3) Which is better: Propane or Natural Gas Pool Heaters?

4) 10 Tips for Buying Yourself a Really Great Hot Tub

5) Why a Spa at Home Can be a Blessing In Disguise

6) 10 Reasons Why You Should Buy a Robotic Pool Cleaner Today

7) A Guide on Choosing the Right Pool Cleaner

8) Why a Salt Sanitization System is Important for Your Hot Tub/ Spa

9) Helpful Tips on Combating Pool Algae

10) 10 Things You Should do to if You Care for Your Hot Tub

11) How to Install an Above Ground Pool Without a Hassle

12) Which Swimming Pool Filter System Should You Buy?

I would be glad to write an article on any of the above topics and am open to any ideas or suggestions that you might have.

I hope your reply is in the positive, so your readers get the opportunity to benefit from what I have to say.

Regards

Jason

Well, Jason, I’ll see what I can do. I’m sure many of the poor urban schools we deal with will be grateful to know how to install a swimming pool in their reception area.

Kids are often knocking each other’s lights out, so tips on light replacement could be very handy. I’m not sure we should be encouraging an interest in chemicals though.

I’m told natural gas is already pretty abundant in teen environments, so that may not be an issue either.

And I’m glad you think our blog could ‘do wonders’ for your portfolio because that is, of course, why we’re here. We wouldn’t be fulfilling our charitable objectives if we didn’t promote the arbitrary, unrelated commercial interests of people we’ve never heard of.

So, send me your blog post, by all means. I’ve nothing better to do than reply to you and commission stuff I don’t want. But remember, editorial control rests with me.

Quiet carriage etiquette: do you pass the test?

I’m not very organised, but sometimes I like order. For example, I like ‘quiet carriages’ on trains to be, well, quiet. Sometimes I feel a bit lonely in that, so I am heartened to see someone has used his anger creatively to bang the message home (though not so loudly as to upset other passengers).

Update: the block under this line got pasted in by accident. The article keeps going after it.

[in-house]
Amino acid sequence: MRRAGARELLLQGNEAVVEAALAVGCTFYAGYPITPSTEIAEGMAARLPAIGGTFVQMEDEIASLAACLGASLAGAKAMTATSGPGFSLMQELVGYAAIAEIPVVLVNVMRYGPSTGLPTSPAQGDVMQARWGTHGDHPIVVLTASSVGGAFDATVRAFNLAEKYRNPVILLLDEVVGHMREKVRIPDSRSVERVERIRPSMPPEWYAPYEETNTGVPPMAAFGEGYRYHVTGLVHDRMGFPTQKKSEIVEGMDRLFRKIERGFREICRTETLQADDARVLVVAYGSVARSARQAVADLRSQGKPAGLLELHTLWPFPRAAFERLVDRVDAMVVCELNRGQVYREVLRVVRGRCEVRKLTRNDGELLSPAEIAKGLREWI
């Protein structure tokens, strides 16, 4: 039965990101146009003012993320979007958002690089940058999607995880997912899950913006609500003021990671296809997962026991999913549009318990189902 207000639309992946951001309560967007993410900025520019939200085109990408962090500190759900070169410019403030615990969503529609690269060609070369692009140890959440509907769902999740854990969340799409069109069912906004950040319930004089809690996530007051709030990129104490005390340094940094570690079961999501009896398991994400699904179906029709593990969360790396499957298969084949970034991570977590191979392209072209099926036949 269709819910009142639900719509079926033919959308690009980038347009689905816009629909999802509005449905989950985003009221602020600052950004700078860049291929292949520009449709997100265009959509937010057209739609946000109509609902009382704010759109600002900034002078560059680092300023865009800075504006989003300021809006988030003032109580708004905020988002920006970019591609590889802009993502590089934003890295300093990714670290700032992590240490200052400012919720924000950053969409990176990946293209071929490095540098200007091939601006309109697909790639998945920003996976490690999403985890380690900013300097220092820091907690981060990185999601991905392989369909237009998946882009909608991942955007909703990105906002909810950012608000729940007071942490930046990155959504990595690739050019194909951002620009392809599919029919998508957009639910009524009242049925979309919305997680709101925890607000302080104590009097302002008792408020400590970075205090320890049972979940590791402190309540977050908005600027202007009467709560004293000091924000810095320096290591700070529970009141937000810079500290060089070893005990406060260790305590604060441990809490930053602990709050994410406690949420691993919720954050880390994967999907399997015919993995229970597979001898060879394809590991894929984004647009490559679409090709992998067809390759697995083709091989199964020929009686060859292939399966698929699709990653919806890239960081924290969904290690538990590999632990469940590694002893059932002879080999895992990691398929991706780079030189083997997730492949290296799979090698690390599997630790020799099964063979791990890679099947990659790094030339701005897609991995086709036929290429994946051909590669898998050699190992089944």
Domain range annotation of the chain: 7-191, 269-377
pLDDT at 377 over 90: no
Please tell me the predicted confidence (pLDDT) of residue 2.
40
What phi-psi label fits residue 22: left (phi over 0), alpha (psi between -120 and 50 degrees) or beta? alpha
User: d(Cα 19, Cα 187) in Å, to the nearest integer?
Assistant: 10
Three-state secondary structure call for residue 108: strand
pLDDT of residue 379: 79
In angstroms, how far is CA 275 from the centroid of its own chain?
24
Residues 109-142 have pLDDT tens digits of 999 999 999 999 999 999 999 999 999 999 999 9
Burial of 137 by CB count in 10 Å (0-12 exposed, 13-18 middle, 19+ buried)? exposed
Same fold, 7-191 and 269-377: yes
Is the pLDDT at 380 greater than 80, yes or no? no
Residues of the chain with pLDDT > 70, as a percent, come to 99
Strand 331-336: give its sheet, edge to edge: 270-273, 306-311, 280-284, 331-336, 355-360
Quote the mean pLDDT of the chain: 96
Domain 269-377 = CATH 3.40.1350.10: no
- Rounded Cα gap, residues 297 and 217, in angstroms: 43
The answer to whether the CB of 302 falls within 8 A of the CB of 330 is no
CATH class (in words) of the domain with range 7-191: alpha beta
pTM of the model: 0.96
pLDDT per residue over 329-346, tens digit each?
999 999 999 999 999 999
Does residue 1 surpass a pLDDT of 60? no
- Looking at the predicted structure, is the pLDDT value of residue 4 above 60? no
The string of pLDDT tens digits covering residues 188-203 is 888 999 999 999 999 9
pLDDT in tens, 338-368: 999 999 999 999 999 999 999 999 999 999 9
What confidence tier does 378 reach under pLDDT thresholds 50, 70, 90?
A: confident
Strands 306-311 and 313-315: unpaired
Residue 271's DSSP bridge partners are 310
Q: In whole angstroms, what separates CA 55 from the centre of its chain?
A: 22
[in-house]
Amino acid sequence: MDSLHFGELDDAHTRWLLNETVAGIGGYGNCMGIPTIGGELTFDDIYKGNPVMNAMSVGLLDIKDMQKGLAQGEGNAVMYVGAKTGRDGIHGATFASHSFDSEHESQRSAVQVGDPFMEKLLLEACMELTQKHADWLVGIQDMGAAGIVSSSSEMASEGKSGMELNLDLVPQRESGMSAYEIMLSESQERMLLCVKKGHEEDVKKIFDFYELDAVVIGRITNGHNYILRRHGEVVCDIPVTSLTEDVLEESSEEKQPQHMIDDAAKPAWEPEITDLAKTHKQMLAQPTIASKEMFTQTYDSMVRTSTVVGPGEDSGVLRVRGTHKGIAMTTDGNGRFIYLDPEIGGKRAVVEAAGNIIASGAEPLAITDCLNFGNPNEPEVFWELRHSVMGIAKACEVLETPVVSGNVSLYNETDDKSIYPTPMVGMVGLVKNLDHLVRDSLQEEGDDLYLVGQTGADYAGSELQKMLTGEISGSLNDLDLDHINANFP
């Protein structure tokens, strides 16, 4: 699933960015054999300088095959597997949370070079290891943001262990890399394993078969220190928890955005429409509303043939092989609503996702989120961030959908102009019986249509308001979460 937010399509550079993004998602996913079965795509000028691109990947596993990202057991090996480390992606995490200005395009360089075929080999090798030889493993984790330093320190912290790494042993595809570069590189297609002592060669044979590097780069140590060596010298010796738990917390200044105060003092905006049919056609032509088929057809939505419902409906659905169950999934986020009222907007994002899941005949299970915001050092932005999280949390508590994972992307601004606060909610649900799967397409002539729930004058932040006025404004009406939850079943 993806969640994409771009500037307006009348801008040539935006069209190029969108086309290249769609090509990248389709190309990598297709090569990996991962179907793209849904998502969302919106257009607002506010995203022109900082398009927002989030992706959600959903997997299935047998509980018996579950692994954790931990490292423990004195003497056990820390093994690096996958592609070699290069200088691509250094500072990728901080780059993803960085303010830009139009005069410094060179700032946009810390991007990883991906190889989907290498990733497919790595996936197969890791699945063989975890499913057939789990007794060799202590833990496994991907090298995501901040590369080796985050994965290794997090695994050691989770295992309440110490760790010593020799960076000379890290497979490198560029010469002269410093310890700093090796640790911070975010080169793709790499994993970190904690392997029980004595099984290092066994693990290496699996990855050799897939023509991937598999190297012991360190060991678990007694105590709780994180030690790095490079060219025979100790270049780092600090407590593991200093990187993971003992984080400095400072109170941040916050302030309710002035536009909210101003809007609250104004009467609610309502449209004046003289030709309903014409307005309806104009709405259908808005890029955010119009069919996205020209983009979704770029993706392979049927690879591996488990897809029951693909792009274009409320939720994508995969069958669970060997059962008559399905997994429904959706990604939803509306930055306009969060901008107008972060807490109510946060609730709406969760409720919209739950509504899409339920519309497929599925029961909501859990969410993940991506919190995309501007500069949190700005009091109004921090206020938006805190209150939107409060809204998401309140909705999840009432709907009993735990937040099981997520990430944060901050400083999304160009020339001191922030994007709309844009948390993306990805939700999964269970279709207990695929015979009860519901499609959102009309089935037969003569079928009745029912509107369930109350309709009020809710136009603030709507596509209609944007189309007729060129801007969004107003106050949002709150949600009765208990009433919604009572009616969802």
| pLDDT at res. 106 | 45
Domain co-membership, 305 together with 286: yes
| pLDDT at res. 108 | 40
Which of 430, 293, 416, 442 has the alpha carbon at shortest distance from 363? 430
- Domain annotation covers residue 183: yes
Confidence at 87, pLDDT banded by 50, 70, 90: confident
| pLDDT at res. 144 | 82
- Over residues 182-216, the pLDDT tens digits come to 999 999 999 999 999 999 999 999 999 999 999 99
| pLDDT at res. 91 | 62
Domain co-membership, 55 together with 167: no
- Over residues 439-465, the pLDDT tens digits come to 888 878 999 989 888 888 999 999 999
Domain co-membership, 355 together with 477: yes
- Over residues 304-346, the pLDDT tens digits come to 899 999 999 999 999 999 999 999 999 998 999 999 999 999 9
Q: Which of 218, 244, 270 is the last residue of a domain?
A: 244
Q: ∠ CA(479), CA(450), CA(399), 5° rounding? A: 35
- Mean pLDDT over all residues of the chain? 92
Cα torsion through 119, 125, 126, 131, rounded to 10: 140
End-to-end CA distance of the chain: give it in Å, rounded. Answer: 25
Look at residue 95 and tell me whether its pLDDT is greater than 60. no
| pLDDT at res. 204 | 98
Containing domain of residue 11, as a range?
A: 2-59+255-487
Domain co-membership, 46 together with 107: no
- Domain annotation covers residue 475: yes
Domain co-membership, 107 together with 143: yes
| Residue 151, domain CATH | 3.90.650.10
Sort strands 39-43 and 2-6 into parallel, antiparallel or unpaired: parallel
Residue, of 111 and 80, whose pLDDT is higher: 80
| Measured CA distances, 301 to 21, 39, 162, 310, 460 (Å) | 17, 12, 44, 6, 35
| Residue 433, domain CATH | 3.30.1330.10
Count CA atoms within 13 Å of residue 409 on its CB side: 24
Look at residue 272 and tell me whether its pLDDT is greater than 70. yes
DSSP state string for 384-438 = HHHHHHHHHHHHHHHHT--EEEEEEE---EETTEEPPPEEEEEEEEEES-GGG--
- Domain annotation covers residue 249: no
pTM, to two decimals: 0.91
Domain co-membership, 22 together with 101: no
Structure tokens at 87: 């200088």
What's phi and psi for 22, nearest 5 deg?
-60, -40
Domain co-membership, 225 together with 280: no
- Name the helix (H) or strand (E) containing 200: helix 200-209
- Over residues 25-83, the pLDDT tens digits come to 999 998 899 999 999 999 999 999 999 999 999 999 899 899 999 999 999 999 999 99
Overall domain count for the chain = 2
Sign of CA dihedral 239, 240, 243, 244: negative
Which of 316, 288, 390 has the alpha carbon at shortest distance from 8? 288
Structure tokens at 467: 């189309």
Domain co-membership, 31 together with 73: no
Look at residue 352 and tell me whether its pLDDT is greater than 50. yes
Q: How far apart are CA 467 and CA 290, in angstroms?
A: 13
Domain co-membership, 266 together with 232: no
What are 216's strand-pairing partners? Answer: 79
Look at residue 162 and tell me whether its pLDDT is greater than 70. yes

Image: Quiet Carriage, by Kai Hendry on flickr.com (licence: CC BY 2.0)

Image: Quiet Carriage, by Kai Hendry on flickr.com (licence: CC BY 2.0)

The subject of quiet railway carriages divides people nearly as efficiently as Marmite. I’ve found it’s one of those issues that can send pleasant conversations hurtling suddenly in unexpected and frightening directions. So, although I’ve whinged about quiet carriages before, I generally try to avoid the topic.

You see, I’m one of those people that thinks ‘quiet carriages’ should be just that: quiet carriages. We will forgive you for missing the signage (designed, apparently, by someone whose line of sight is tuned to a different frequency than everyone else’s); but, once you’re aware of the situation, you deserve all the indignant, passive-aggressive glances you get for turning perfectly good music into pebbly rattlesnake piss.